CHICAGO, August 3, 2012 – Every year there’s a new, sweeping headline about Team USA’s male basketball players, whether they’re a Dream Team, Redeem Team, Dreaming Team, or anything. They endure the glare and ever-present pressure of the media for being a Dream Team every four years, usually coming up with the gold and enduring hellfire should they fail, condemning the next Olympic team to be another Redeem Team.
Silly men, they could take a lesson from their counterparts, the women: don’t lose.
The USA’s women’s basketball team hasn’t lost a game in the Olympics since 1992, the same year that the men stole all of the thunder from every sport in Barcelona. They’ve been as dominant as one can be in any sport, and they’ve managed to keep their mouths shut throughout the experience as well.
The same could not be said for the men.
The women have lost a single game dating back to the 1988 games in Olympic play, while the men have lost four.
It would seem that the media are focusing on the wrong dominating USA basketball team, wouldn’t it?
It actually makes sense that the media stay away from the women, mostly because the women don’t say things like “we could beat the greatest basketball team ever assembled.” The women see how successful they are, but they also see that part of that success is staying hard-working and humble until the job is done.
The men could learn a thing or two from them in terms of shutting their mouths and speaking through their games.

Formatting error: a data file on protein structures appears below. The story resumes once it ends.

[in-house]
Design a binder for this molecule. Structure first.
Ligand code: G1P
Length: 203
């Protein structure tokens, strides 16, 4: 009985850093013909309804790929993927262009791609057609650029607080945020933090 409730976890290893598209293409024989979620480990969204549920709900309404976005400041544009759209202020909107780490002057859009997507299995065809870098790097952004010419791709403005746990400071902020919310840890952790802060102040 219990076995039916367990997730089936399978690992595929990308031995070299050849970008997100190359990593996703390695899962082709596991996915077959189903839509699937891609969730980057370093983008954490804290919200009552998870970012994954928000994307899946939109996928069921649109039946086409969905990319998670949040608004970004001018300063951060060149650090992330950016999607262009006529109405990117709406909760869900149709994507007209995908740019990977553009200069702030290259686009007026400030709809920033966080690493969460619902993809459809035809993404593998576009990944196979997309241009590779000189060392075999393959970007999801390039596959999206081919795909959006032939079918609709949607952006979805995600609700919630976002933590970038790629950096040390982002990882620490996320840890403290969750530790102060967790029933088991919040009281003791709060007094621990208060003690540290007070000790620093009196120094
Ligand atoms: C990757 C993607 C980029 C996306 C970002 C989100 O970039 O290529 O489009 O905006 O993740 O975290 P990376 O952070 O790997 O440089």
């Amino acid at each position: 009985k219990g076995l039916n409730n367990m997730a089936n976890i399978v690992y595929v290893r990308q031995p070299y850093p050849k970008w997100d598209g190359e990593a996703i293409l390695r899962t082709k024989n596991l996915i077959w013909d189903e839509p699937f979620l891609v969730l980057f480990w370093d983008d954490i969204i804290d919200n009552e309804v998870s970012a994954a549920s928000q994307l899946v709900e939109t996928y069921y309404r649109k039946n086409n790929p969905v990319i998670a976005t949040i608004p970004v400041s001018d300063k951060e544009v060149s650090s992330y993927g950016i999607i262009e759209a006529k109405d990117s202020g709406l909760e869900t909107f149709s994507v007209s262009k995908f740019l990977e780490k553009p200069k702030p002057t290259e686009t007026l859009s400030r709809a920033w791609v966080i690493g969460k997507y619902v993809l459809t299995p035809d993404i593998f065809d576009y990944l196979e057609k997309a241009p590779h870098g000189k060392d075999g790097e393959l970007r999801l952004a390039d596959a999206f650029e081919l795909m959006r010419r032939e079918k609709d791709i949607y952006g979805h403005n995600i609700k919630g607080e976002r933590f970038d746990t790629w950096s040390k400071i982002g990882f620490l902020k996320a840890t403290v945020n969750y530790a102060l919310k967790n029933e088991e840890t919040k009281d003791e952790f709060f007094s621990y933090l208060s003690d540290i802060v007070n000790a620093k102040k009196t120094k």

The women, all the while maintaining a relatively low profile, have blasted through the first three games of their group play, with their closest game being an 81-56 demolition of Croatia. A relatively tough game against China awaits before the women probably blast their way through the elimination rounds en route to yet another gold medal.
This success isn’t a fluke, however, with Candace Parker, Angel McCoughtry, Tina Charles and others leading a team that is as incredibly talented as any Olympic team. The team is stacked with Hall of Famers every Olympic Games, while the men were so excited to have one such team in 1992 that they hyped it up as one of the greatest moments that sports has ever seen.
So next time you see LeBron and Kobe talking about what they need to do better to win, shake your head at them for talking at all. They should be thinking these things to themselves, like the women, and calmly executing these improvements to win.
And for the love of the game, stop acting like you’re the most dominant thing the game has ever seen, they don’t even hold that title for these Games.
The women have that covered, and they won’t be relinquishing the title any time soon.
To contact Nick Goralka, see above to send him an e-mail containing a question, comment, or scathing insult. His work appears in Alley-oops for Touchdowns! and That Liberal Pinko in the Communities at the Washington Times Online.
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